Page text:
As part of its advocacy initiatives, FKE engaged the government on several issues to help companies and workers deal with this unfortunate situation. Key among them was the revision of tax measures. The Federation proposed zero-rating of the PAYE tax, and VAT on manufacturing companies as well as the 2% Tourism Levy on the gross revenue and a rebate to those who had already paid the said levy. Following this, the government introduced tax incentive measures to cushion the country against the economic effects of the Covid -19. These include the reduction of VAT from 16 percent to 14 percent, corporate tax from 30 percent to 20 percent, turnover tax from 3 percent to 1 percent, and a total tax exemption for workers earning Kshs.24, 000 and less plus revised Pay As You Earn (PAYE) tax brackets which will greatly improve liquidity.




Many global stakeholders – from multilateral institutions and governments to the corporate sector – are joining the call to take a ‘build back better’ approach to the recovery. Indeed, the COVID-19 pandemic has laid bare the interdependence of economic policy, public health, and nature.

Economic development relies on a healthy environment, while the state of the natural environment has an impact on health outcomes. The easing of shutdowns and the resumption of economic activity represents a chance to course-correct and design and implement policies that bring the world on a trajectory to sustainable development.

At the multilateral level, the International Monetary Fund and the United Nations have called on countries to use their stimulus measures to invest in green technologies and jobs. The F20 – a network of foundations that work for the implementation of the Sustainable Development Goals and compliance with the Paris climate agreement – urged the Group of 20 (G20) to acknowledge the imperative to build back better, including by addressing the interlinked global challenges of public health, climate change, and biodiversity loss (F20, 2020).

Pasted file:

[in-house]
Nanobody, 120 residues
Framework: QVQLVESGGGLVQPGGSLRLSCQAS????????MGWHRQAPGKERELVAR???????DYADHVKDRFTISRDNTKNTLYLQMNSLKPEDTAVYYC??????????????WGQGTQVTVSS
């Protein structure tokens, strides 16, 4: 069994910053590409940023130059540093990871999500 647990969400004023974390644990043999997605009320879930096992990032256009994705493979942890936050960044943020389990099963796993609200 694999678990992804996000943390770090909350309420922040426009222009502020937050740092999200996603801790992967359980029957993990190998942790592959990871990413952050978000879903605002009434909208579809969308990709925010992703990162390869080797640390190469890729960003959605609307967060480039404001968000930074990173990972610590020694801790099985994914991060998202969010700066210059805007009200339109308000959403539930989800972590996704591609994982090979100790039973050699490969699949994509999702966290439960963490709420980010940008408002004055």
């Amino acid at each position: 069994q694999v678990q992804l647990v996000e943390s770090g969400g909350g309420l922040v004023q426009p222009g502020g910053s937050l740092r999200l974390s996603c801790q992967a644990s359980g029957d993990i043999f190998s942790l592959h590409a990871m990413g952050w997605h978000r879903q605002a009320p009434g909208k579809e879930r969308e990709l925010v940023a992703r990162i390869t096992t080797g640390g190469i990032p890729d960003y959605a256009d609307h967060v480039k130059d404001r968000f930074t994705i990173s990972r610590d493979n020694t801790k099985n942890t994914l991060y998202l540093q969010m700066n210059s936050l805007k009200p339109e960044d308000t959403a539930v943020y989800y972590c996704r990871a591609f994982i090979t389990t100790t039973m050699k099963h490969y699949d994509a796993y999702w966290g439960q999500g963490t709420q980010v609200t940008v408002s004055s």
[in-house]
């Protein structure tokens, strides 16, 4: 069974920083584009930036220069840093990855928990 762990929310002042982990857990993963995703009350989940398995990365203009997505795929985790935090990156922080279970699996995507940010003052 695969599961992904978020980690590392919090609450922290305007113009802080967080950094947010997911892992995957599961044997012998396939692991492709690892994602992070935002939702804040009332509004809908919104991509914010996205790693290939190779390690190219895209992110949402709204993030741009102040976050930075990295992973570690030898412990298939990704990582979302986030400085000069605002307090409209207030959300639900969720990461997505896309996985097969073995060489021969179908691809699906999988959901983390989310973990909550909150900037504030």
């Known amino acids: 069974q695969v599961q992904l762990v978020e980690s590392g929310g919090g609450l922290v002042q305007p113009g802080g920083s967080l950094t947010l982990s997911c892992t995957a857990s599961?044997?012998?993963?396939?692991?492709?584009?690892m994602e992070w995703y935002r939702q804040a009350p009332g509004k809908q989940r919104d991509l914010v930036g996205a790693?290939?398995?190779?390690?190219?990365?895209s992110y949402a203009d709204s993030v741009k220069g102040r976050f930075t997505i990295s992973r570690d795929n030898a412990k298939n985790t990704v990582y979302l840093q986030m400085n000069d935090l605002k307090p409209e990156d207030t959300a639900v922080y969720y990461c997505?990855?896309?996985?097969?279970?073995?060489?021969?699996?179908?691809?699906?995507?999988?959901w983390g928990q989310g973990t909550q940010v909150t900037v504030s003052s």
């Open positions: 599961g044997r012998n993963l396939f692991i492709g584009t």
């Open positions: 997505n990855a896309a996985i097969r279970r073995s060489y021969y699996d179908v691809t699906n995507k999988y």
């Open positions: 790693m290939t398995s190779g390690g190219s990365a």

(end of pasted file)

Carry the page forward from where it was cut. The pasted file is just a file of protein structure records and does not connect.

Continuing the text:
As another example, a coalition of more than 1,200 global companies has appealed to governments to pair recovery action with climate action (We Mean Business, 2020).

While many of these initiatives focus on environmental concerns, ‘build back better’ clearly encompasses issues of inequality and social justice. This includes the achievement of gender equality and the imperative of an inclusive agenda for excluded and vulnerable groups. Only a deliberate and strategic focus on women-led businesses will ensure that the approach succeeds.